Kulak 29 & 30 is the third CD by the trio of tenor saxophonist Ellery Eskelin, keyboardist/accordionist Andrea Parkins, and percussionist Jim Black, a group that tests the limits of jazz in a number of ways. This tendency is most obvious, of course, in their non-standard instrumentation, but also shows in their willingness to draw on non-jazz elements -- from rock rhythms and electronica breakbeats to Stereolab-ish neo-lounge touches -- as well as in Eskelin's rather non-traditional composing style. From either a straight-ahead or free jazz standpoint, his pieces are structured in (and develop in) unusual ways, often to the point of seeming purposefully anticlimactic or, at the very least, counterintuitive. In other words, the music levels off when you expect it to build and turns left when you expect it to keep going straight. Take "Fifty Nine," for example, which starts off with Parkins' soupy, Sun Ra-evoking keyboards before heading into the main accordion/saxophone theme, detouring into a percussion solo by Black (which actually manages to keep the theme melody going), and finally descending into an uneasy accordion drone, over which Eskelin quietly improvises. Or "Rhyme or Reason," which mainly features Eskelin soloing along with a lopsided keyboard/drum groove, but also collapses into (and then emerges back out of) a couple of spacy, keyboard-centered free improv sections along the way. The shortest tune, the four-and-a-half-minute "Expubidence," feels like deconstructed organ trio jazz, as the group toys with a would-be funky theme but doesn't quite get around to playing it totally straight until the very end. The album's production and sound quality are superb, bringing the organic percussion and saxophone tones together with Parkins' more modern keyboards in a way that, despite sounding a little unusual at first, is ultimately coherent and tastefully done. All in all, Kulak 29 & 20 is an excellent album from one of the more groundbreaking jazz trios of the late '90s.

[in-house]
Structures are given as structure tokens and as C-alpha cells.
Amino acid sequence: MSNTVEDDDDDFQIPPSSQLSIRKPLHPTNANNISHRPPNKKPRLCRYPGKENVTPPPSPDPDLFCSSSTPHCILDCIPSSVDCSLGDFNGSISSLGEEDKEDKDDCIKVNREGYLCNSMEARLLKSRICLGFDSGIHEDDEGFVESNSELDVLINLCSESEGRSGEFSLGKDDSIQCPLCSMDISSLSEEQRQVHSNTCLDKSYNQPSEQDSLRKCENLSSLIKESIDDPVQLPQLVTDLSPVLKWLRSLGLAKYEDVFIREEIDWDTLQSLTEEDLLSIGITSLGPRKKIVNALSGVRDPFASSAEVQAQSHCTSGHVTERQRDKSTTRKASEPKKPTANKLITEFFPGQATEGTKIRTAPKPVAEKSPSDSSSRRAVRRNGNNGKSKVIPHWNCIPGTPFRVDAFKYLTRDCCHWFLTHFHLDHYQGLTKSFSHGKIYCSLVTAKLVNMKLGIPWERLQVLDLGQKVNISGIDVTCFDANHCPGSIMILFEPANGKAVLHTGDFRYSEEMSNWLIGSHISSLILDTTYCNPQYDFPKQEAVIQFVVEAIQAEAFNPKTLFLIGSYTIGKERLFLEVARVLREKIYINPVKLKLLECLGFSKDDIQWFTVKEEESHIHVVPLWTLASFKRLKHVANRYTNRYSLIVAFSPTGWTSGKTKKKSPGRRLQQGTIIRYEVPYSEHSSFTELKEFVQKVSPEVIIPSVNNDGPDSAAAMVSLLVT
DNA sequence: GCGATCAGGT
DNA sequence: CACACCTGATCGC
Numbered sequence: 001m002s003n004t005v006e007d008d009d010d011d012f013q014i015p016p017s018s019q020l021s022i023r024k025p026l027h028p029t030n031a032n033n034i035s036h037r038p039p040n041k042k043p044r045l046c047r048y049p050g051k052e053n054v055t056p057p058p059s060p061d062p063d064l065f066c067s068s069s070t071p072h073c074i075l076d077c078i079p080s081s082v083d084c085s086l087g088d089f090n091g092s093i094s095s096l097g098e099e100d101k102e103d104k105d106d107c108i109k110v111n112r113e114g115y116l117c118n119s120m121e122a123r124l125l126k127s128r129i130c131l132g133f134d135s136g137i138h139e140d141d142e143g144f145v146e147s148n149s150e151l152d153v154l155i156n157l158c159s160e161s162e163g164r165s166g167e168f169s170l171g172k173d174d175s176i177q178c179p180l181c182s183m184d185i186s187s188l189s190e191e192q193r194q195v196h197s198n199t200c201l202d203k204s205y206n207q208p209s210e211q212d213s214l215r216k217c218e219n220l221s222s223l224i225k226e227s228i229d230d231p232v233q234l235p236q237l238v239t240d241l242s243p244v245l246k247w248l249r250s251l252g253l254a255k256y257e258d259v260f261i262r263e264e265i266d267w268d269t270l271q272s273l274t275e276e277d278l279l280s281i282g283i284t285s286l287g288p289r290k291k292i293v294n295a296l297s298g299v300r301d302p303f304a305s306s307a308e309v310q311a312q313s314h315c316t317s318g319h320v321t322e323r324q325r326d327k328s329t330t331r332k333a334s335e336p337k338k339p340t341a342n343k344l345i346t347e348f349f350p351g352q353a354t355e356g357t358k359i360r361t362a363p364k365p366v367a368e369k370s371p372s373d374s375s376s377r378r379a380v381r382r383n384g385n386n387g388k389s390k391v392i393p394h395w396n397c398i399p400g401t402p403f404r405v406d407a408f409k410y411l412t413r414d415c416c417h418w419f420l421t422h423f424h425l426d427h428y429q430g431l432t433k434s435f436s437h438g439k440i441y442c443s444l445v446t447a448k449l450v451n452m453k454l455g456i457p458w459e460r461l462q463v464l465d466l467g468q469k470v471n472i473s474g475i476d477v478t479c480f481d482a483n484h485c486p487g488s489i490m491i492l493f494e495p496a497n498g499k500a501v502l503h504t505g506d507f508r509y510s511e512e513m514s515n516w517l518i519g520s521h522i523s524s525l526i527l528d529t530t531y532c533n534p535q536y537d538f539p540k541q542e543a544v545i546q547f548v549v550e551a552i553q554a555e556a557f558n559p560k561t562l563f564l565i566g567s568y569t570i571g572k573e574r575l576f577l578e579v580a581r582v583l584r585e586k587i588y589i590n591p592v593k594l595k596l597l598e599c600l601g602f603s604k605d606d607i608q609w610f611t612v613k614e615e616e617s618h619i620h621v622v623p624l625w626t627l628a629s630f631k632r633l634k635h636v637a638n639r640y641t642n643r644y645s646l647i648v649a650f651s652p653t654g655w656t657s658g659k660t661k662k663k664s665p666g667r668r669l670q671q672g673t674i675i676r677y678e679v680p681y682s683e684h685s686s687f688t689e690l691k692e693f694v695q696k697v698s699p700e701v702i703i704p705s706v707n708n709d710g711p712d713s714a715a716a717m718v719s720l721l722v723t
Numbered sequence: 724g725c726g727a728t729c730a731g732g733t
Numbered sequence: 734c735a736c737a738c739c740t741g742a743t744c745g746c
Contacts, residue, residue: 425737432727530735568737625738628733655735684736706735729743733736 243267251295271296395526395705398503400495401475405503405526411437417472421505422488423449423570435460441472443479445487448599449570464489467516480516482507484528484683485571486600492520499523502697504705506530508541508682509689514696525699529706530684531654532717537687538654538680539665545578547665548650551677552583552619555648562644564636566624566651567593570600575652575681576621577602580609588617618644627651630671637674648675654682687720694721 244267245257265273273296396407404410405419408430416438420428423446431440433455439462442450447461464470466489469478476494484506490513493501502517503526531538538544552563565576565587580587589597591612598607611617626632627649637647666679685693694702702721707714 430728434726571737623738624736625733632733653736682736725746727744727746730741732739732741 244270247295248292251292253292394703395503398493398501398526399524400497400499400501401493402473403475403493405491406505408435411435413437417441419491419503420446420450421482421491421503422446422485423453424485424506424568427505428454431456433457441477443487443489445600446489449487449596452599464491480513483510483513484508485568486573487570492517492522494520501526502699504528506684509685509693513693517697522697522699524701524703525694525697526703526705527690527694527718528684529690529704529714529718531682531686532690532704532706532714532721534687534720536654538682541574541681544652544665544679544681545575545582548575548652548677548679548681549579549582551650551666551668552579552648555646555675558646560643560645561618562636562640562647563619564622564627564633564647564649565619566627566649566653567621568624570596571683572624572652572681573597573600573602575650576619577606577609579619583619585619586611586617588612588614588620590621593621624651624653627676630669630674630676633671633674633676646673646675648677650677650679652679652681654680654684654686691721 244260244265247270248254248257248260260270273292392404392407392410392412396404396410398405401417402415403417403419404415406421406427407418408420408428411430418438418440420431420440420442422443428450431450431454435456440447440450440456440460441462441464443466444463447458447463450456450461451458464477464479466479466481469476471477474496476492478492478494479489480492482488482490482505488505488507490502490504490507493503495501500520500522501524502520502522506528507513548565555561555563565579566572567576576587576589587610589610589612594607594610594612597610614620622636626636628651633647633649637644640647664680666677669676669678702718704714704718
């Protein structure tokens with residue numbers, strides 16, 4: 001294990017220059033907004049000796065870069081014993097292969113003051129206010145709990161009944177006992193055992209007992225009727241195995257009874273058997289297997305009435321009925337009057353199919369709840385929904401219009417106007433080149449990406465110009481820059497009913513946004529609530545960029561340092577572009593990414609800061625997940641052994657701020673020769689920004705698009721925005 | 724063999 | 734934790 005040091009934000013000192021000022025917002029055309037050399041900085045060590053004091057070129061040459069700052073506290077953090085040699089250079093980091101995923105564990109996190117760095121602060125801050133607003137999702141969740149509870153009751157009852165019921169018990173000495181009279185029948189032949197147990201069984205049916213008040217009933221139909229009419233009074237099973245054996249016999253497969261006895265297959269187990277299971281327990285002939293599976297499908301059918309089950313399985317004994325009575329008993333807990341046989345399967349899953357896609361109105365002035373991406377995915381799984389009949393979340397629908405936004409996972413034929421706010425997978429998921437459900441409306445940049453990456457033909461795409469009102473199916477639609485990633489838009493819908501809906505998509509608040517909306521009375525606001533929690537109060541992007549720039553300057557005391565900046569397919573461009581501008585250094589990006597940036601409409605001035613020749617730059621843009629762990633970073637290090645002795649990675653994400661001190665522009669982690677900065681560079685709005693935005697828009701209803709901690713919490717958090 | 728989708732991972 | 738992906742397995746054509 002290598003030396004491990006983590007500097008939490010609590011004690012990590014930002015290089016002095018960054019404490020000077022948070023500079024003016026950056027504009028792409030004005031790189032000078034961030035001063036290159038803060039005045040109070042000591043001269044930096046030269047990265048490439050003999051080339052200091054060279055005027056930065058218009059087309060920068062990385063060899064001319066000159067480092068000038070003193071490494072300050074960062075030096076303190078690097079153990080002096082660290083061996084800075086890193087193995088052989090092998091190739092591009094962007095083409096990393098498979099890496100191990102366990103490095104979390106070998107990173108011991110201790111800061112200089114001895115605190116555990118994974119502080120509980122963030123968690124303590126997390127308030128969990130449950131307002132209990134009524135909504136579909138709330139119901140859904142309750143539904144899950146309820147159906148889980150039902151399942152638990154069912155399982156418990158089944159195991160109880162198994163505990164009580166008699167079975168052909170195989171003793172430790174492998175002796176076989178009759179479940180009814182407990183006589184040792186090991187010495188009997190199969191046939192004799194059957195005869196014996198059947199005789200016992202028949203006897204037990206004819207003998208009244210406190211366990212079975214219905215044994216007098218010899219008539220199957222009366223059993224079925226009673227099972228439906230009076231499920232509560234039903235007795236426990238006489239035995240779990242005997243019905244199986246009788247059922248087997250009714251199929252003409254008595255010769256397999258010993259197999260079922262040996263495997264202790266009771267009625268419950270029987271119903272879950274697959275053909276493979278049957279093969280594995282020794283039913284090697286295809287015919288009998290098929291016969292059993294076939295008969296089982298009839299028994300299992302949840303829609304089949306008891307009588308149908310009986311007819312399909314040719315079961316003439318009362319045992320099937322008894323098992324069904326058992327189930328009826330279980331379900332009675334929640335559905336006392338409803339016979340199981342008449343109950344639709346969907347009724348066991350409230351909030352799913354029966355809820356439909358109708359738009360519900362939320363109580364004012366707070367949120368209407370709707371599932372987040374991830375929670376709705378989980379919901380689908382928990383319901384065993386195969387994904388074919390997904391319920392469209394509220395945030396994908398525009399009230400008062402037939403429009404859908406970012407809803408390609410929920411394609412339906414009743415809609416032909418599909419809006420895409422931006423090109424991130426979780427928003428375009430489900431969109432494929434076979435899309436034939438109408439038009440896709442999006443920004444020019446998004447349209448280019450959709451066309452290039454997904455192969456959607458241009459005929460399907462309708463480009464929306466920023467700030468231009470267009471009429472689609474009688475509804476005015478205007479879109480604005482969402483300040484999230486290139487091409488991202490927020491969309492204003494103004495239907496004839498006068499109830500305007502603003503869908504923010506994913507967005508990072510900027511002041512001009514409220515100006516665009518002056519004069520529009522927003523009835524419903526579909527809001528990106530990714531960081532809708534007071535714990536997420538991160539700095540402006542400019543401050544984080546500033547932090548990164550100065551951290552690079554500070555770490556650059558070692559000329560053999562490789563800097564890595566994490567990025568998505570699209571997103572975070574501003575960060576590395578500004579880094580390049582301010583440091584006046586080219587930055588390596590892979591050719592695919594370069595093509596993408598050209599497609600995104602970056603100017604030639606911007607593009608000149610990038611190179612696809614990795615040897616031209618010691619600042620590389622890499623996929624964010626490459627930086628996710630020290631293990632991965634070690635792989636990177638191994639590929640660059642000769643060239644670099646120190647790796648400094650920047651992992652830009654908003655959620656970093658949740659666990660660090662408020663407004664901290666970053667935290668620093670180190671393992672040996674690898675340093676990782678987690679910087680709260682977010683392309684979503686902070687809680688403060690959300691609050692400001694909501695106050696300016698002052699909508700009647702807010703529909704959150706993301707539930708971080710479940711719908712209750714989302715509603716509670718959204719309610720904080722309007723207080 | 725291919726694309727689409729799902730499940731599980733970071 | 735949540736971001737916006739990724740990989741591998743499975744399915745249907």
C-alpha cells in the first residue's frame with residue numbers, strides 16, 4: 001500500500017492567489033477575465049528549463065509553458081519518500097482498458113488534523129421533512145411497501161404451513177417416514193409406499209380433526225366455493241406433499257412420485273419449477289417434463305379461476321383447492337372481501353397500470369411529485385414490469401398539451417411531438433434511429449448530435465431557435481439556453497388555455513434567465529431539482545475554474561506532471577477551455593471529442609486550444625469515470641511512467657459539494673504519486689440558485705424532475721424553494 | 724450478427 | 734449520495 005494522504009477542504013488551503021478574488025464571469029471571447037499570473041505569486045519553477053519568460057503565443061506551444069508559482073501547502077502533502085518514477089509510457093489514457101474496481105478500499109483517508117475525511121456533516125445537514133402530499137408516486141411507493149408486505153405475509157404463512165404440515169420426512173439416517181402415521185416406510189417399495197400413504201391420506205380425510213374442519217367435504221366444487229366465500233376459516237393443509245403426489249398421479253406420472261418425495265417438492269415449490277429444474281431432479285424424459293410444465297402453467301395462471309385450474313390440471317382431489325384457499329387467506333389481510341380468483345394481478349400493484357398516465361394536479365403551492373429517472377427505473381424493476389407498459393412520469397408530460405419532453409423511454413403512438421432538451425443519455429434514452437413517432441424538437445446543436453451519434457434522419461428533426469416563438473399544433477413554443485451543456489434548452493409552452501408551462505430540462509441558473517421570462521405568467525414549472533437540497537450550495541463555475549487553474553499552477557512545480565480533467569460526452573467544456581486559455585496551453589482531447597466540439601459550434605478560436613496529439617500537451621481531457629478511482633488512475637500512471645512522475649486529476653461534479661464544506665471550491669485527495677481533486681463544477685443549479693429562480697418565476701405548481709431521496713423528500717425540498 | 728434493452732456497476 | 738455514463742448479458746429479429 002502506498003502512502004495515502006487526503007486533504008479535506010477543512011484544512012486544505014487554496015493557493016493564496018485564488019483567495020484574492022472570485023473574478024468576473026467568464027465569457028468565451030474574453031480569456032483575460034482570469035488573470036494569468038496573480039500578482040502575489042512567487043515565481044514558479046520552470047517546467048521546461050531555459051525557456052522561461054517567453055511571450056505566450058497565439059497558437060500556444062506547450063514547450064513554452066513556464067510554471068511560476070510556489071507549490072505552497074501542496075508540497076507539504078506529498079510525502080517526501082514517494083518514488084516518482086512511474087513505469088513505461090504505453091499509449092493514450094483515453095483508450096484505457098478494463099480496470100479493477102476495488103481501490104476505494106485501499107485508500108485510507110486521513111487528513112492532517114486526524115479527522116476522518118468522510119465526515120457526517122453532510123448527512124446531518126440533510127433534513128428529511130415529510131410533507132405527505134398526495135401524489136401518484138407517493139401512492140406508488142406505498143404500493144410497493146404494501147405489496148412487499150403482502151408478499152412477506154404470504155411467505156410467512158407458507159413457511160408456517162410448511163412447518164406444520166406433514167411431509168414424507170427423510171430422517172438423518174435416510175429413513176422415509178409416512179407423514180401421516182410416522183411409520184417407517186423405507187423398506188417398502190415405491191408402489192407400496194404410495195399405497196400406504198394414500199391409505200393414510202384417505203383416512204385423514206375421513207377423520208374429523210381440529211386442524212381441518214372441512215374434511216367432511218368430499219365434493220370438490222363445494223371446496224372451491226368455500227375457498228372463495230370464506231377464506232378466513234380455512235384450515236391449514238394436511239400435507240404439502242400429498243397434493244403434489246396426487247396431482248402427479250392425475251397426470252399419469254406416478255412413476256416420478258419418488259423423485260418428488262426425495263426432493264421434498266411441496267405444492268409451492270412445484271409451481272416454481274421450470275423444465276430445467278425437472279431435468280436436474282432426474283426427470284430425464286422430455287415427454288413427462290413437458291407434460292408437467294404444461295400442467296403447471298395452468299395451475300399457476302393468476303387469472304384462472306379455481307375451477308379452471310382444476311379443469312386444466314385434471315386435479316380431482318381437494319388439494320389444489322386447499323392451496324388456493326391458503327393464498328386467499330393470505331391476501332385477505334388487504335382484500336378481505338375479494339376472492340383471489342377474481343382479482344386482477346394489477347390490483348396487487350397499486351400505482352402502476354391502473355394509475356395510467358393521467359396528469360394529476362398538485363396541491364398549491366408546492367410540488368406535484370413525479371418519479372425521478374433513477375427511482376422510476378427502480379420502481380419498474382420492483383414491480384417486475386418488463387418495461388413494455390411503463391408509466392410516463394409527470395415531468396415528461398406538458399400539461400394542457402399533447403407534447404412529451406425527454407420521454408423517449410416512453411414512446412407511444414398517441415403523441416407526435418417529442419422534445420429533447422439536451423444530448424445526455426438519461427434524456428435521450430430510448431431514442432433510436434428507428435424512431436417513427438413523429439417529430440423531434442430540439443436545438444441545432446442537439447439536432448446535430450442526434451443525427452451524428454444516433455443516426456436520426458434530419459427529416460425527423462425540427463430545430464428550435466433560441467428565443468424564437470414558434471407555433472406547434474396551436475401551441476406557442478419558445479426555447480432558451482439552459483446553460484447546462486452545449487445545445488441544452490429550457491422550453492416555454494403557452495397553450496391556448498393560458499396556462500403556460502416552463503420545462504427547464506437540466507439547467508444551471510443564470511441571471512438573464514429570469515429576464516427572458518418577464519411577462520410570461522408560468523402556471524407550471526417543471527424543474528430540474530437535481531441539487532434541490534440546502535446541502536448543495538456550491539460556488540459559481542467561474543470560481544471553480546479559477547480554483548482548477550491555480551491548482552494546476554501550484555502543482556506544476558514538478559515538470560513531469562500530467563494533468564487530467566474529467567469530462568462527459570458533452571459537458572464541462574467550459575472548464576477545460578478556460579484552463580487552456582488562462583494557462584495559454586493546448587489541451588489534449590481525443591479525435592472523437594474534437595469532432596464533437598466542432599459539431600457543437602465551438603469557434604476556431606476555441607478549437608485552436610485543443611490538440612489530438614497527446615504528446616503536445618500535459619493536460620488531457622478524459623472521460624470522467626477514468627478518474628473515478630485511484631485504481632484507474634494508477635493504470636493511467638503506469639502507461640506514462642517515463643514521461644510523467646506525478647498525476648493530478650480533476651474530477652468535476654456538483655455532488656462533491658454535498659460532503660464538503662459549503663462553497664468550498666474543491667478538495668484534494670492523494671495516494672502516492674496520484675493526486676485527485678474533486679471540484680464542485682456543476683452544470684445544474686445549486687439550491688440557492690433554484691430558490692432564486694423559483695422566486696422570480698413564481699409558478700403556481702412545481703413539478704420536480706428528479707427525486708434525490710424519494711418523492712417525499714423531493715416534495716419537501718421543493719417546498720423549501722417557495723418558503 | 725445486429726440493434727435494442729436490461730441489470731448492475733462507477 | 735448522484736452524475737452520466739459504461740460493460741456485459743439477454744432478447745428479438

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AllMusic Review by William York